1978–Jack L. Warner dies of a heart inflammation (edema) in Los Angeles, California, at age 86. He co-founded Warner Bros. Studios in Burbank, California. His career spanned 45 years, its duration surpassing that of any other of the Hollywood studio moguls. An opponent of Communism, after the war Warner appeared as a friendly witness before the House Un-American Activities Committee, voluntarily naming screenwriters who had been fired as suspected Communists or sympathizers. Despite his controversial public image, Warner remained a force in the motion picture industry until his retirement in the early 1970s.

1980–The first batch of recordings for John Lennon’s Double Fantasy album are completed.

1990–A massacre of 184 Tamil civilians by the Sri Lankan Army takes place in Batticaloa District.

1990–The Ellis Island Museum of Immigration, closed to public tours in 1984, is reopened, following a $160-million restoration. Private citizens had mounted the campaign that returned the island’s main building to its former grandeur. Ellis Island was the gateway for more than half of the immigrants entering the U.S. between 1892 and 1924.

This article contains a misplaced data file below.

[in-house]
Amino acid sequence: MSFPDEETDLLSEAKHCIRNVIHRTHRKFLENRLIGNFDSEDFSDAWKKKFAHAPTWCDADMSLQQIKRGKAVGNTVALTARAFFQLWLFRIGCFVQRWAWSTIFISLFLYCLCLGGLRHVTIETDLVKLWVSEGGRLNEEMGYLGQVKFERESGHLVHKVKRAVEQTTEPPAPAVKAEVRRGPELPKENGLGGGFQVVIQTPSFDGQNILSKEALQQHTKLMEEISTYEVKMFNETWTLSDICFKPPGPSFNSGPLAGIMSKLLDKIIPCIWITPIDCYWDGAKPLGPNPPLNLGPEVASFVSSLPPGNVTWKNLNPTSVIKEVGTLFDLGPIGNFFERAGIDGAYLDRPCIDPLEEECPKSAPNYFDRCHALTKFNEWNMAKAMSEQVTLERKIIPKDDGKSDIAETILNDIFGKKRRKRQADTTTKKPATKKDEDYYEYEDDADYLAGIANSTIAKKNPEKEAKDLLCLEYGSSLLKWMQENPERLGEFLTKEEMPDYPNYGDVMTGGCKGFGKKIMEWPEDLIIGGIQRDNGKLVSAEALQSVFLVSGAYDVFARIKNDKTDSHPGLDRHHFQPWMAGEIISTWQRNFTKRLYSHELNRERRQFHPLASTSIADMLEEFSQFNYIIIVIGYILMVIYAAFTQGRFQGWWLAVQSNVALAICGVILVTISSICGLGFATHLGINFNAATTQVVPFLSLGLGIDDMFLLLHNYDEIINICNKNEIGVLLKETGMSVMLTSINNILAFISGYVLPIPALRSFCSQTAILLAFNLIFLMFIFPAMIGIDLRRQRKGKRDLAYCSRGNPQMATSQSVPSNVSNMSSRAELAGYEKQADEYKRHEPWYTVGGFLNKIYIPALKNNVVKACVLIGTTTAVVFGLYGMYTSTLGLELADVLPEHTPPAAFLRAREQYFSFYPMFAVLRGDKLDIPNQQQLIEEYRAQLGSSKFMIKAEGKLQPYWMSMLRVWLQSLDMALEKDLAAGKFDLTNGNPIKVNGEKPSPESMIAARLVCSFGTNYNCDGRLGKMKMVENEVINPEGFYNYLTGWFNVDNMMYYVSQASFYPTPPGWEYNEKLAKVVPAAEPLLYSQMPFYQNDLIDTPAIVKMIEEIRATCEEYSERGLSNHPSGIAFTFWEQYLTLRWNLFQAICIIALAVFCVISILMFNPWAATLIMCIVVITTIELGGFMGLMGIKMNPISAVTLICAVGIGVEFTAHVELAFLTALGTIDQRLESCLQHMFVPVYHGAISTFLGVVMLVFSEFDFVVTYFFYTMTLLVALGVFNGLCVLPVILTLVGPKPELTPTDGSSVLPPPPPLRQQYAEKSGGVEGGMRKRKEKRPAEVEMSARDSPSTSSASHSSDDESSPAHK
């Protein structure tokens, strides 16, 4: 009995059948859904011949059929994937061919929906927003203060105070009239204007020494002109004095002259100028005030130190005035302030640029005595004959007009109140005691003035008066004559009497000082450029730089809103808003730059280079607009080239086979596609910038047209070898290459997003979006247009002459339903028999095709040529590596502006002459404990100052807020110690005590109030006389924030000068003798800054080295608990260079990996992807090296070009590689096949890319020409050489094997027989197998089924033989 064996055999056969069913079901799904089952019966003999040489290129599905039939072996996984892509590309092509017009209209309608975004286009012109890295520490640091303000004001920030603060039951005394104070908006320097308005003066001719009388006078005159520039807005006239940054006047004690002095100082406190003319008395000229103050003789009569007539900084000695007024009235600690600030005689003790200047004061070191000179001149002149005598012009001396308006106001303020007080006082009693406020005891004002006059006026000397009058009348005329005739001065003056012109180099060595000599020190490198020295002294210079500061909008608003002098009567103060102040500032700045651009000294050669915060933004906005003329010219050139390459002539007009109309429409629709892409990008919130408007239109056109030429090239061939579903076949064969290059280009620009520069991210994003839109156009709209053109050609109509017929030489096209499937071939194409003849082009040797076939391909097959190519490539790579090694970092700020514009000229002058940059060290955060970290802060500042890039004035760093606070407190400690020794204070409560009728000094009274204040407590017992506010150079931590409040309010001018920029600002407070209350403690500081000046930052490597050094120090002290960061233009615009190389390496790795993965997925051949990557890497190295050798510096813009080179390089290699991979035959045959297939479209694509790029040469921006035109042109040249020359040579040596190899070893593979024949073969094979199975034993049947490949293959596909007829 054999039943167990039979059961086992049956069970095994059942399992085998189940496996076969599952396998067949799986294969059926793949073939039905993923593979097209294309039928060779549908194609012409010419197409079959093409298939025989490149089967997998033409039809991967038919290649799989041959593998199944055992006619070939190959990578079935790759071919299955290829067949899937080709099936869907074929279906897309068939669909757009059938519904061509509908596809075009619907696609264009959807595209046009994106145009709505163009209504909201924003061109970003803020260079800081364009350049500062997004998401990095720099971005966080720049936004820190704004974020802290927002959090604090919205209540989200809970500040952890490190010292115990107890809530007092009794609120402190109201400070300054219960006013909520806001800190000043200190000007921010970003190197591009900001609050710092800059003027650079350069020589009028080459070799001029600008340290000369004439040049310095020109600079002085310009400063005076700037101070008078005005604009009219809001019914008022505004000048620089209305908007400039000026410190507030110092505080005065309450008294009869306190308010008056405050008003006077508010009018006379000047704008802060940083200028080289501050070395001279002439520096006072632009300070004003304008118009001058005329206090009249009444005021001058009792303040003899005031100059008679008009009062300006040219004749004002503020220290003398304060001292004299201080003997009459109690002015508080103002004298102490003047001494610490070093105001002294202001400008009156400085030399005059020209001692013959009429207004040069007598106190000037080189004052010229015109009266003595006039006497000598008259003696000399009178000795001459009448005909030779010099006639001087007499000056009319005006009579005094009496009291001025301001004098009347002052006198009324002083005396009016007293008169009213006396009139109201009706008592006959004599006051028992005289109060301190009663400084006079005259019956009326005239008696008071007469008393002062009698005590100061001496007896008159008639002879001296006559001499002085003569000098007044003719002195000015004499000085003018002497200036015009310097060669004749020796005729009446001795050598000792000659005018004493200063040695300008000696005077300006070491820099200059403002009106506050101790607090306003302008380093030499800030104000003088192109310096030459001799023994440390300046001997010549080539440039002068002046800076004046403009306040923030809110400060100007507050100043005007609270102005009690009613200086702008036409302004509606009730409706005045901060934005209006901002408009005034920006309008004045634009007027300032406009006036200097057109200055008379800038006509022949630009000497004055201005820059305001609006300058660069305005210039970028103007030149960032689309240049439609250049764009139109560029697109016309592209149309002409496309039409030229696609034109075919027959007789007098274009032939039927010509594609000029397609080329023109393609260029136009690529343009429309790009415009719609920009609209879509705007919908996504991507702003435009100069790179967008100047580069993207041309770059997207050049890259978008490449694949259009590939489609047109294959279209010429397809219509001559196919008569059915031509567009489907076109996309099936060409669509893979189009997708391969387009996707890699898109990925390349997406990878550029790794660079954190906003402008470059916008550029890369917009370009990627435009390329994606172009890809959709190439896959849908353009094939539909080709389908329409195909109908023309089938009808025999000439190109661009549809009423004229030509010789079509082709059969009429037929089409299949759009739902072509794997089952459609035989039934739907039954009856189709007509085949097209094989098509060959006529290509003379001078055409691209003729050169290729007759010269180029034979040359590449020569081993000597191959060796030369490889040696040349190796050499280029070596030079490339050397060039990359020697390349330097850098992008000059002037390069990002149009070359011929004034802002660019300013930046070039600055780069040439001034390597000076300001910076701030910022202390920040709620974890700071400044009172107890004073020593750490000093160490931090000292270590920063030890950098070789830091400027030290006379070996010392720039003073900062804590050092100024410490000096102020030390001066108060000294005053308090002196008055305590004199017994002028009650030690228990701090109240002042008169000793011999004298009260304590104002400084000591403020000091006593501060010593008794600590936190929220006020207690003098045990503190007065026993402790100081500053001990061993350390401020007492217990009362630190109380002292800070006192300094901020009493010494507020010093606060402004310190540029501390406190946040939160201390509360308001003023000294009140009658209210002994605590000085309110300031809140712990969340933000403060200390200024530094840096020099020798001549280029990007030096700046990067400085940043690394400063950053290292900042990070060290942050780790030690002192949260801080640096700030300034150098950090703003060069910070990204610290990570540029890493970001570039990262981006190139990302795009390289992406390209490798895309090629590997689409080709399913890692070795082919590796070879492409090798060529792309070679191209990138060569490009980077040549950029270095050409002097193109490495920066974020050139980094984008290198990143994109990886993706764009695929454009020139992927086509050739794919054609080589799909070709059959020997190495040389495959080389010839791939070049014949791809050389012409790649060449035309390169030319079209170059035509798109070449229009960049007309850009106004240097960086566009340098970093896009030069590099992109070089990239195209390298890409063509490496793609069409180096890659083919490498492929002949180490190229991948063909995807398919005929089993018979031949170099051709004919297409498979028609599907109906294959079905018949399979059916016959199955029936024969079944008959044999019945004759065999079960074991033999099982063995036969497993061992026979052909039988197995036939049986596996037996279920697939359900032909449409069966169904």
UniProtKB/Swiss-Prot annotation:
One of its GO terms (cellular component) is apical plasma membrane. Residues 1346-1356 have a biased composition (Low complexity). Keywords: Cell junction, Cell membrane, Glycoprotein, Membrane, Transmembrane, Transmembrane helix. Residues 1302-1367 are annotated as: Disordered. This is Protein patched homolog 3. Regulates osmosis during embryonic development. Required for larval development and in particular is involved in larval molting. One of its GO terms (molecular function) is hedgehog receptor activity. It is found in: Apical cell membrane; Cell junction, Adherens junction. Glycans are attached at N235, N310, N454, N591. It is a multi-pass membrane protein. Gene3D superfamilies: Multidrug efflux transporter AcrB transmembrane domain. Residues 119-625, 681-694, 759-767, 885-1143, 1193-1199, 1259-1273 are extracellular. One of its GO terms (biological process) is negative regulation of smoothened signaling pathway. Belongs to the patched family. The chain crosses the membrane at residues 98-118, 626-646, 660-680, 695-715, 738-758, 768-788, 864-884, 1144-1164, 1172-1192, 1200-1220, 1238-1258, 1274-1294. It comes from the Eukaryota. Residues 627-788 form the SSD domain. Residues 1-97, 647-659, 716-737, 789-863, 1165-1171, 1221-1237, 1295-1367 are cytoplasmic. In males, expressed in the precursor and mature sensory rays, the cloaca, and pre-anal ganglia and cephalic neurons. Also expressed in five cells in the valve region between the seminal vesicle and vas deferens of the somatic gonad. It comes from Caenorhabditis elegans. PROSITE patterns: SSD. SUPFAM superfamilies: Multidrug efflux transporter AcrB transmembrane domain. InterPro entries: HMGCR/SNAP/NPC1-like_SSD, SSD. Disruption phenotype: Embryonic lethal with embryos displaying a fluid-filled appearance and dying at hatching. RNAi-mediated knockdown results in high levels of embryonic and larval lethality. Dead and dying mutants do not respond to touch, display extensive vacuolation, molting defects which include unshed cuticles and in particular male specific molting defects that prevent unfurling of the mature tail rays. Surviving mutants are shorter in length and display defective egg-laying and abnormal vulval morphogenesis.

1991–Tajikistan declares independence from the Soviet Union.

1993–The Palestine Liberation Organization officially recognizes Israel as a legitimate state.

1993–Singer, Helen O'Connell, dies of Hepatitis C in San Diego, California, at age 73. She has been called the quintessential big band singer of the 1940s.

1994–Actor, Patrick O'Neal, dies of respiratory failure at Saint Vincent's Catholic Medical Center in Manhattan, New York, at age 66. He appeared in the films From the Terrace, The Cardinal, In Harm’s Way, King Rat, A Fine Madness, Alvarez Kelly, Chamber of Horrors, Assignment to Kill, Where Were You When the Lights Went Out?, The Secret Life of an American Wife, Silent Night Bloody Night, The Way We Were, The Stepford Wives, New York Stories, Q & A, Alice, For the Boys, and Under Siege.

1996–Musician, Bill Monroe, dies in Springfield, Tennessee, at age 84. He was a mandolinist, singer, and songwriter who created the style of music known as bluegrass. He is commonly referred to as the "Father of Bluegrass." He had numerous hits with his band, The Blue Grass Boys.